1:13:37-1:24:14: Jeff tries his hardest to defend the Garth Marenghi-like tendencies of Doug Moench in Fantastic Four #224-225, two issues that feel like the most Marenghi FF yet. There’s a lot of apocalypse going on, but also a lot of pretension, a surreally out-of-nowhere Thor and Odin cameo, the most lackadaisical Fantastic Four ever, and a threat that manages to undersell itself and the fact that he’s basically Benevolent(ish) Vandal Savage, and yet none of it comes across as being particularly interesting.
1:24:15-1:31:57: FF #226 is described by Jeff as “the best,” but I can only assume that he’s being sarcastic. Moench decides that it’s time to wrap-up loose ends from Shogun Warriors, but he’s hobbled by two factors. Firstly, Marvel clearly doesn’t have the rights to the characters anymore, so you won’t be seeing those giant robots this time around. Secondly, Bill Sienkiewicz is not interested in playing to the cues Moench is giving him. “It’s rank,” Jeff goes on to describe it as, and… well, he’s not wrong. Looking for some upside, we end up talking about the number of times Moench and Sienkiewicz talk about Moon Knight in these FF issues (It’s a lot) and guess about potential reasons why.
1:31:58-1:35:24: Fantastic Four #227 is “everything you could hope a story called ‘The Brain Parasites’ could be, except good,” as I describe it, and I stand by it. On the plus side, even as the story gets ridiculous (Prehistoric monsters devolve people, including Sue, into monsters!), the art gets a nice bump when Bruce Patterson shows up and brings out an entirely different side to Bill Sienkiewicz than we’ve seen in these pages so far.
1:35:25-1:41:44: Joe Sinnott returns to do full finishes in FF #228, so the book looks better despite some by-now-unsurprising bad layouts from Sienkiewicz, but that’s not the only problem with the issue. “I can’t even wrap my brain around what’s happening,” Jeff says, and perhaps that’s because we get an issue where Johnny is impressively callous, while Franklin’s childhood trauma is given purple-leotarded form. No, really; that’s not an exaggeration. We’re firmly in the era of some impressively bad comics right now.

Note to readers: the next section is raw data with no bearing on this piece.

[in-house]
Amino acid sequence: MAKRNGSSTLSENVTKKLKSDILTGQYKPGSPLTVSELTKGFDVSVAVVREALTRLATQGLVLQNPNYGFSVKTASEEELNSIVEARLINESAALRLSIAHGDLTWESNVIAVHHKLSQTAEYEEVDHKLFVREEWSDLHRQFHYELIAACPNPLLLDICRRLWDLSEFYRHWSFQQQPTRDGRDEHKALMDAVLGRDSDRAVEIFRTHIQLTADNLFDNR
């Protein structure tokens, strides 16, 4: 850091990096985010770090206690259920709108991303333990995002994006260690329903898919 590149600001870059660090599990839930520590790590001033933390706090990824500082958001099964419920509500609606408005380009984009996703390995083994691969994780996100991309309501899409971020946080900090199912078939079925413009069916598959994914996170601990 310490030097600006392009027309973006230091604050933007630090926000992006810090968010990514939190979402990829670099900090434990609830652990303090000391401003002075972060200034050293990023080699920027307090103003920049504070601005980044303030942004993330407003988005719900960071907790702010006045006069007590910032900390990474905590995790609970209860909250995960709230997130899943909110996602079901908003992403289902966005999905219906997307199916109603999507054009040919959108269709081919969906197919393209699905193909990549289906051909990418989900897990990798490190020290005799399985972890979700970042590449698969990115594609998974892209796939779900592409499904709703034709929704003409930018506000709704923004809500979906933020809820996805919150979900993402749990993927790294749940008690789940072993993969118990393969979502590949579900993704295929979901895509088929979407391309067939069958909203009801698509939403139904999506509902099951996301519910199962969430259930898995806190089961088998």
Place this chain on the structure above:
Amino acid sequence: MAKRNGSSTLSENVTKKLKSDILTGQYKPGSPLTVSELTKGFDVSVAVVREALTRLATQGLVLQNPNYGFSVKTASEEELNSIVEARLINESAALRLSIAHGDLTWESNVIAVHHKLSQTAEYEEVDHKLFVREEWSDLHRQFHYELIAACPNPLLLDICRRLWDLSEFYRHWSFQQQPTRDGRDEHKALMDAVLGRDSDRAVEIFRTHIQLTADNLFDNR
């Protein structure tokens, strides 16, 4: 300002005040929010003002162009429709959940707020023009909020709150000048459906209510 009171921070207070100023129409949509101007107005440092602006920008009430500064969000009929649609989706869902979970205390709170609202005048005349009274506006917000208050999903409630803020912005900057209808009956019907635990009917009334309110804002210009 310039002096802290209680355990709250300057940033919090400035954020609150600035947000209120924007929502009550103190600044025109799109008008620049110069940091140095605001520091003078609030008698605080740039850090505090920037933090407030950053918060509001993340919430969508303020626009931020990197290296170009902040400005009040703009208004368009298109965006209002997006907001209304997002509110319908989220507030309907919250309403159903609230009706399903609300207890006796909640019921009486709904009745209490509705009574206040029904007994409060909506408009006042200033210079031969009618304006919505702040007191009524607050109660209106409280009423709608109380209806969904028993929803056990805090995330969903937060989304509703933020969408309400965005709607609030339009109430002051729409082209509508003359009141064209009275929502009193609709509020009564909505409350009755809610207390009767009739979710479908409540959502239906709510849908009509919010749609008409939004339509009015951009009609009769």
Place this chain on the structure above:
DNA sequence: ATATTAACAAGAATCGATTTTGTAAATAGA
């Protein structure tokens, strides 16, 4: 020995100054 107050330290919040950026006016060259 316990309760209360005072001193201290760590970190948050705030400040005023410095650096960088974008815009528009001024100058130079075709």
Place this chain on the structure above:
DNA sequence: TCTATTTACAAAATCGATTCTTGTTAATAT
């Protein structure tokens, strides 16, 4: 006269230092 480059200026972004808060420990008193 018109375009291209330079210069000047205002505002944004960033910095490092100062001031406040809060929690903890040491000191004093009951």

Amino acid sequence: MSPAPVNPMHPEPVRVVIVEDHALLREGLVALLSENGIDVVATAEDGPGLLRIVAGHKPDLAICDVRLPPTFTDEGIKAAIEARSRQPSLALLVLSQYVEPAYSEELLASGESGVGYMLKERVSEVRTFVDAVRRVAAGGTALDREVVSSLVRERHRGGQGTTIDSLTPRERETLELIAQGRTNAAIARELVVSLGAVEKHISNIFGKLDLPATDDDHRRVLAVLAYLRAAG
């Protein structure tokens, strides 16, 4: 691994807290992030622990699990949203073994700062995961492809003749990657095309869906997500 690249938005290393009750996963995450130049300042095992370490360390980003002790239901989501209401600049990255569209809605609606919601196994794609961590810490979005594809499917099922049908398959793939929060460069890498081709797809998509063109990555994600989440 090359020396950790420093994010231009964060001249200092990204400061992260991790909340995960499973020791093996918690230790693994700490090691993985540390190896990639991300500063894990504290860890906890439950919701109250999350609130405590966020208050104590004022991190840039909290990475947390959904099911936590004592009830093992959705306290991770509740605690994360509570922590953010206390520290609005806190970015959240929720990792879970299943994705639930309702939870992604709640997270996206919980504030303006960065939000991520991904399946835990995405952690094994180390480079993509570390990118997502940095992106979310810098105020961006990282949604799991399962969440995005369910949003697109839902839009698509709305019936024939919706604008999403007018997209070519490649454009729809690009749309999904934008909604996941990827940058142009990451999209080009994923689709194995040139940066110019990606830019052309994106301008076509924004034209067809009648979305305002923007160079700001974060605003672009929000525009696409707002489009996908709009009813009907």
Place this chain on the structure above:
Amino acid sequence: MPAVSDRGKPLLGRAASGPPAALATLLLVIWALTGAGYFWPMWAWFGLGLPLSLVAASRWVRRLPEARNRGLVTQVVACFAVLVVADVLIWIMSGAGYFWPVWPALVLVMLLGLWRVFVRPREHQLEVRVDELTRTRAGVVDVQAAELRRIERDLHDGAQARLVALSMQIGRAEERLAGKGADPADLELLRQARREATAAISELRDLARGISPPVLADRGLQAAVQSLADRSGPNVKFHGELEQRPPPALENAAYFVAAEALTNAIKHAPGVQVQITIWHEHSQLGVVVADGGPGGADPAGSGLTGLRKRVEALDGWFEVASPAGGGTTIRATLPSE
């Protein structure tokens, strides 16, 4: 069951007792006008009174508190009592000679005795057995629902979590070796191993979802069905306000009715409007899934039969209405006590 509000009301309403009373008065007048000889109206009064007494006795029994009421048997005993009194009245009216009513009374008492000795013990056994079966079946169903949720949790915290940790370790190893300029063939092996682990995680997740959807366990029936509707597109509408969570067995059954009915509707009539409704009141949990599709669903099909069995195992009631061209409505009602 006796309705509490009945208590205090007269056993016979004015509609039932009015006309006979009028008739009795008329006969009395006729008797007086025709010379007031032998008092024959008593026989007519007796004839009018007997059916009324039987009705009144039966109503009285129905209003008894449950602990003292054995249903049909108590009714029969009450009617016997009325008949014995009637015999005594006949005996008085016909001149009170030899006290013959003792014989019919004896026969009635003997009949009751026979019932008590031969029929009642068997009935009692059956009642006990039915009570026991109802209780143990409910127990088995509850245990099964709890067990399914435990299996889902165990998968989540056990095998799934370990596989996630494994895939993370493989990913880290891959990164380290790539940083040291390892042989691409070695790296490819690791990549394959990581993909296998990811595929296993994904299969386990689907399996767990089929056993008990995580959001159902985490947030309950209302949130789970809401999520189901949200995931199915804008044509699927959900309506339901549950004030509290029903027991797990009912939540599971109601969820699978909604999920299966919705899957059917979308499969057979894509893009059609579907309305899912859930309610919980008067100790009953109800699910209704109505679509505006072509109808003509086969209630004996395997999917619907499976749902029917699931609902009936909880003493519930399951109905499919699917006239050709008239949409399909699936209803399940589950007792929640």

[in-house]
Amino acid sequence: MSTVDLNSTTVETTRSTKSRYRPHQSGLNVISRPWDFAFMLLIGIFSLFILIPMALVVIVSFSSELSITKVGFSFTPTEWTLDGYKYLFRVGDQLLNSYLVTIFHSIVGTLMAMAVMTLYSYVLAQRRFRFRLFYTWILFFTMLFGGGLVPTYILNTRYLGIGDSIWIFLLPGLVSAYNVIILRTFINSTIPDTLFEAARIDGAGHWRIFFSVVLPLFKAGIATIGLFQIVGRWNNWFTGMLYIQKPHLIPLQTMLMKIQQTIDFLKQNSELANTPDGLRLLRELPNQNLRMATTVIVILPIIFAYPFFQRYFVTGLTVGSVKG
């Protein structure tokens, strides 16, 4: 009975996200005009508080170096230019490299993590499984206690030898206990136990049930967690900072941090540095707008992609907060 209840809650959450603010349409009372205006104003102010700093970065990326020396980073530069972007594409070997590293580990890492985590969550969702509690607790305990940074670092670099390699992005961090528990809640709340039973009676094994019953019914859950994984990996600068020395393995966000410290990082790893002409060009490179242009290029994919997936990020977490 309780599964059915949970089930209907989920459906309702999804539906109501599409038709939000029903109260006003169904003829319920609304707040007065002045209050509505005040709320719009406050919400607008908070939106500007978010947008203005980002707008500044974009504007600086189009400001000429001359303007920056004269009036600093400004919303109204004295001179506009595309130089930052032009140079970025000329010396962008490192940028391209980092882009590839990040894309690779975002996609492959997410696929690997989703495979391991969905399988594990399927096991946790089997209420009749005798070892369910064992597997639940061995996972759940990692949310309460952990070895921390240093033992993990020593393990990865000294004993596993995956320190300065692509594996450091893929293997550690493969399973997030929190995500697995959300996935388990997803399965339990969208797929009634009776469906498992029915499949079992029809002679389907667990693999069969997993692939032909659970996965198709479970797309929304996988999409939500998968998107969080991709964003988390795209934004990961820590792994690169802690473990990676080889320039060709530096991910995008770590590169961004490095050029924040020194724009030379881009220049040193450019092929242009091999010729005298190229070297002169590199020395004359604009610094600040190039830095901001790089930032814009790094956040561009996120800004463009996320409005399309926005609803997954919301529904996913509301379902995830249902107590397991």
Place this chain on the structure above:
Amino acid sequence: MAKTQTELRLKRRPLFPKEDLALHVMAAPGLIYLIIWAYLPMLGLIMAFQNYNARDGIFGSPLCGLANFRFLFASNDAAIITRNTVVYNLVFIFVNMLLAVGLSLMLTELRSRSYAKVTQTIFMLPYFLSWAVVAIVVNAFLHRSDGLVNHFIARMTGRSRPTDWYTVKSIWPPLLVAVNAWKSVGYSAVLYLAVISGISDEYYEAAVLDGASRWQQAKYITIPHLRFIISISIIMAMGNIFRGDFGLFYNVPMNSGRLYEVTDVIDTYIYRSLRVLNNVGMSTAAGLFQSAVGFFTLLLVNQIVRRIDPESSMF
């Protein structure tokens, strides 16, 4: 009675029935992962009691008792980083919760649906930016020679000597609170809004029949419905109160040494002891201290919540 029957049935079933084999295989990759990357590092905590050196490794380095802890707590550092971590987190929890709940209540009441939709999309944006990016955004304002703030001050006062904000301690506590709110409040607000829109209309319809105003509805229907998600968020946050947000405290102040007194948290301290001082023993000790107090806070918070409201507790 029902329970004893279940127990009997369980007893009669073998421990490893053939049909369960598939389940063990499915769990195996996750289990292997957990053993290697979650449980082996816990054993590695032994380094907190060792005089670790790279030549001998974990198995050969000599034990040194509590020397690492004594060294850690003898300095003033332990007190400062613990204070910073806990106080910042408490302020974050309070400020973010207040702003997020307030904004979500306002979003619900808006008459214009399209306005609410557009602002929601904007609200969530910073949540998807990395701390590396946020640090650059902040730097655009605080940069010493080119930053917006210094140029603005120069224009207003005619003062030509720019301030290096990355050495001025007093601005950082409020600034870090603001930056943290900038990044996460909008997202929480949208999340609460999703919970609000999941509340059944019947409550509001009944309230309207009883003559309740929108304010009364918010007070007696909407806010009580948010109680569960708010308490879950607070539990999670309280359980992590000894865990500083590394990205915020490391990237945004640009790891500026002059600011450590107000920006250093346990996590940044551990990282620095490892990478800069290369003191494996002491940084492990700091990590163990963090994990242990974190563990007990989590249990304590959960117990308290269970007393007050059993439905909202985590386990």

1:41:45-1:56:21: How best to describe the three-parter than concludes the Moench/Sienkiewicz run in Fantastic Four #229-231? “It’s pretty bad,” Jeff says, and that seems fair enough. Combining everything we’ve come to expect from this creative team — uninspired villains, bad design choices both in terms of costuming and page layout, and some brand new, immediately unforgettable characters who pretend that they’re important while they’re on-panel — this really is the perfect example both of what the previous few issues of the title had been like, and also the best argument for why this creative team wasn’t suitable for the series. On the plus side, Jeff does coin the phase “I must fuck up their Kool-Aid,” so it’s not all bad, and he did appreciate them trying to do an epic, as bad as it turned out to be, which leads us to…
1:56:22-end: …A discussion about the strangeness of the Moench/Sienkiewicz run as a whole, and the ways in which it almost cleared the creative palate before John Byrne comes on board. If nothing else, this is a run that feels like something other than an attempt to recreate the Lee/Kirby thrills on an ever-decreasing scale of success, and even though it was more of a creative failure than a success, something should be said about that. Admittedly, what it seems to say to both Jeff and I is that we’re really ready for Byrne to take over the series with the next issue — and the next episode of this here podcast, which will cover #232-237 of the series. That’s how we’re going to be starting 2017, so you should join us for that. In the meantime, you can find us on Twitter, Tumblr and Patreon, and also accept my apologies for this post being quite as late as it is — today has been ridiculous behind the scenes at Wait, What Towers (Portland Outpost). Normal service will be resumed soon…!